Annals of Surgical Oncology

, Volume 20, Issue 6, pp 1865–1871

Prognostic Value of Disseminated Tumor Cells in the Bone Marrow of Patients with Operable Primary Breast Cancer: A Long-term Follow-up Study

Authors

  • Christoph Domschke
    • Breast UnitUniversity of Heidelberg
  • Ingo J. Diel
    • CGG-Clinic Mannheim
  • Stefan Englert
    • Institute of Medical Biometry and Informatics, University of Heidelberg
  • Silvia Kalteisen
    • Breast UnitUniversity of Heidelberg
  • Luisa Mayer
    • Breast UnitUniversity of Heidelberg
  • Joachim Rom
    • Breast UnitUniversity of Heidelberg
  • Joerg Heil
    • Breast UnitUniversity of Heidelberg
  • Christof Sohn
    • Breast UnitUniversity of Heidelberg
    • Breast UnitUniversity of Heidelberg
Breast Oncology

DOI: 10.1245/s10434-012-2814-4

Cite this article as:
Domschke, C., Diel, I.J., Englert, S. et al. Ann Surg Oncol (2013) 20: 1865. doi:10.1245/s10434-012-2814-4

Abstract

Background

Detection of disseminated tumor cells (DTC) in primary breast cancer (BC) patients’ bone marrow (BM) seems to be a surrogate marker of tumor spread and an independent prognostic factor for disease-free and overall survival.

Methods

Here we present the largest single-center cohort of patients (n = 1378) with the longest observation time (median 82.0 months). Immunocytochemical staining was performed using murine monoclonal antibody 2E11 with the avidin–biotin complex technique.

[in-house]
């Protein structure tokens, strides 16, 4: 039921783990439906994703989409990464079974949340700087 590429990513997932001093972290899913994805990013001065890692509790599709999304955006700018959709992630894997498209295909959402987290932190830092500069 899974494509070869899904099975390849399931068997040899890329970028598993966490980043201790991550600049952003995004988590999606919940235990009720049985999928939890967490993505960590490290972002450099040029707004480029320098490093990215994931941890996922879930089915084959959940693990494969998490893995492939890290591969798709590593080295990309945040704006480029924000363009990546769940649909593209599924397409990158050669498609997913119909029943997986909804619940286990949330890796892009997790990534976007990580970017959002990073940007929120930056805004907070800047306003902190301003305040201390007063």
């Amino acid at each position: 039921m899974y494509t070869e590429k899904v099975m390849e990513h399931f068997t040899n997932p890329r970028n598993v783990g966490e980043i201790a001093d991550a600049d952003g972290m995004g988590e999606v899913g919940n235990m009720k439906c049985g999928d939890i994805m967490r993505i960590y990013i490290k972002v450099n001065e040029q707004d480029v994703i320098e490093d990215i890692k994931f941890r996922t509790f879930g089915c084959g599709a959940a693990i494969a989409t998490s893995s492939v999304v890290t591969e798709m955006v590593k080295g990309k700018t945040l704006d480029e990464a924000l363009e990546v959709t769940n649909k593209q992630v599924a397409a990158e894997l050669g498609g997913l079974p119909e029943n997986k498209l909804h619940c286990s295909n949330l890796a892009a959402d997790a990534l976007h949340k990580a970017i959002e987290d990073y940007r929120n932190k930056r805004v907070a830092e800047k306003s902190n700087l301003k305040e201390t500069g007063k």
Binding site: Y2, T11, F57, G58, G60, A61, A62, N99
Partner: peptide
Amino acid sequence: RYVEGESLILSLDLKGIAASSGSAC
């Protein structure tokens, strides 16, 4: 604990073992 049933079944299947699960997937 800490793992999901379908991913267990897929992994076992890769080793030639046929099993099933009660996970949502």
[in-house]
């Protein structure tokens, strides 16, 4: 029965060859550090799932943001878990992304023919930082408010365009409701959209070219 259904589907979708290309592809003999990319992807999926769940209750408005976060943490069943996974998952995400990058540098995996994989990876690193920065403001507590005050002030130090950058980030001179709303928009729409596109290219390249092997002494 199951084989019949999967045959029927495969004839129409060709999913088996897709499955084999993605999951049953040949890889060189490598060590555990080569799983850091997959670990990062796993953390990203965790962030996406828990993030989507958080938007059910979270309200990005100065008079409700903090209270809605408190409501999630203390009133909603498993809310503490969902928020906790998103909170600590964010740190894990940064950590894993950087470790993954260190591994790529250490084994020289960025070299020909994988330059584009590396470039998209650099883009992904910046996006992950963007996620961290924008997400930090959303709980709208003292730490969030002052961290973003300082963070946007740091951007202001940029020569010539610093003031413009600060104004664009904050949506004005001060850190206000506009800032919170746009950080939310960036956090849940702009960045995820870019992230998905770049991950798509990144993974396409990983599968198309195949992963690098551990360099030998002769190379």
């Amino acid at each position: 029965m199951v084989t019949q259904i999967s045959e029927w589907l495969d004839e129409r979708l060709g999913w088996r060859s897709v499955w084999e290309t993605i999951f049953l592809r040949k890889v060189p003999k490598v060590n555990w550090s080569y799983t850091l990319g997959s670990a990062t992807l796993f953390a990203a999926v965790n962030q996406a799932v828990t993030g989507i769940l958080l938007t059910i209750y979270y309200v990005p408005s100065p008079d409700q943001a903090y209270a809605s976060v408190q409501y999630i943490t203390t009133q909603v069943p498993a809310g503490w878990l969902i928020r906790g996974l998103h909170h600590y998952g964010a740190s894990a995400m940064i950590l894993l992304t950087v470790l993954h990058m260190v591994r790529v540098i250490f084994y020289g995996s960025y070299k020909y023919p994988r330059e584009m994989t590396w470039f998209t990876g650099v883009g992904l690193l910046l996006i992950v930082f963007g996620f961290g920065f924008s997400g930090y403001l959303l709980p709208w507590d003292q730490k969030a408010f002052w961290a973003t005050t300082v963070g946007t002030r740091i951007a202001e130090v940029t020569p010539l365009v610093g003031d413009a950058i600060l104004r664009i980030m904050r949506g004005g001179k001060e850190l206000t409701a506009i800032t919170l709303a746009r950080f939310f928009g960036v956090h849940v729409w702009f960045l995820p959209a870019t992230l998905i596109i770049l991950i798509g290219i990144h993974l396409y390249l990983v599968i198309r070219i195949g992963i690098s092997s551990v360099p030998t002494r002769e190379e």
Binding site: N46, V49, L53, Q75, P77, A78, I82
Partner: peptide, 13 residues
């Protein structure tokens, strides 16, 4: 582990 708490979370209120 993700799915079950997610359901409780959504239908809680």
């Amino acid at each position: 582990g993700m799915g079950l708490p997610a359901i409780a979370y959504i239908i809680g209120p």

Results

At primary surgery, 49 % of patients showed MUC-1 positive cells inside their BM. Patients without BM DTC had significantly more often T1-tumors (P = 0.007) with less often affected axillary lymph nodes (P < 0.001). We observed a significantly higher incidence of distant metastases in DTC positive patients (P < 0.001). This leads to a reduced disease-free survival (P < 0.0001). Furthermore, in DTC positive patients there was a higher mortality rate and, accordingly, a reduced overall survival (P < 0.0001).

Conclusions

Due to the presence of BM DTC, patients with a clinically poorer outcome can be identified at primary surgery. We therefore suggest that DTC analysis can be used as a prognostic factor and monitoring tool in clinical trials. Future study concepts relating to DTC should aim at identification of BC patients who may profit from adjuvant systemic therapy.

Copyright information

© Society of Surgical Oncology 2012